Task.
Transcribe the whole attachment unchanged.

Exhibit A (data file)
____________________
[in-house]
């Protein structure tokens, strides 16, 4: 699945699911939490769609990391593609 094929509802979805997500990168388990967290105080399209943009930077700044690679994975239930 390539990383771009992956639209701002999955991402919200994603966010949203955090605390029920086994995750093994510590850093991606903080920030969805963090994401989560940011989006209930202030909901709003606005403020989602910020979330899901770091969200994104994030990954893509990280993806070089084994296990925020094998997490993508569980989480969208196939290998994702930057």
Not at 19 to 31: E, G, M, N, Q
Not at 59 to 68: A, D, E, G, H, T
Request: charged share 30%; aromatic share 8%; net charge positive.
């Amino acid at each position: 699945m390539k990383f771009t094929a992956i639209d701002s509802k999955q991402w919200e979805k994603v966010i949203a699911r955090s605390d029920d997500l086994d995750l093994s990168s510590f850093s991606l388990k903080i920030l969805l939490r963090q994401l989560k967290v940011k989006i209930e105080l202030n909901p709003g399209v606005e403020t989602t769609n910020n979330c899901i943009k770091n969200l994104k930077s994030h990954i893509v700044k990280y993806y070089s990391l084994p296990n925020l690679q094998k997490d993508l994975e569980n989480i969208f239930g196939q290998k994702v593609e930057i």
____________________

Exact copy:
[in-house]
């Protein structure tokens, strides 16, 4: 699945699911939490769609990391593609 094929509802979805997500990168388990967290105080399209943009930077700044690679994975239930 390539990383771009992956639209701002999955991402919200994603966010949203955090605390029920086994995750093994510590850093991606903080920030969805963090994401989560940011989006209930202030909901709003606005403020989602910020979330899901770091969200994104994030990954893509990280993806070089084994296990925020094998997490993508569980989480969208196939290998994702930057």
Not at 19 to 31: E, G, M, N, Q
Not at 59 to 68: A, D, E, G, H, T
Request: charged share 30%; aromatic share 8%; net charge positive.
């Amino acid at each position: 699945m390539k990383f771009t094929a992956i639209d701002s509802k999955q991402w919200e979805k994603v966010i949203a699911r955090s605390d029920d997500l086994d995750l093994s990168s510590f850093s991606l388990k903080i920030l969805l939490r963090q994401l989560k967290v940011k989006i209930e105080l202030n909901p709003g399209v606005e403020t989602t769609n910020n979330c899901i943009k770091n969200l994104k930077s994030h990954i893509v700044k990280y993806y070089s990391l084994p296990n925020l690679q094998k997490d993508l994975e569980n989480i969208f239930g196939q290998k994702v593609e930057i």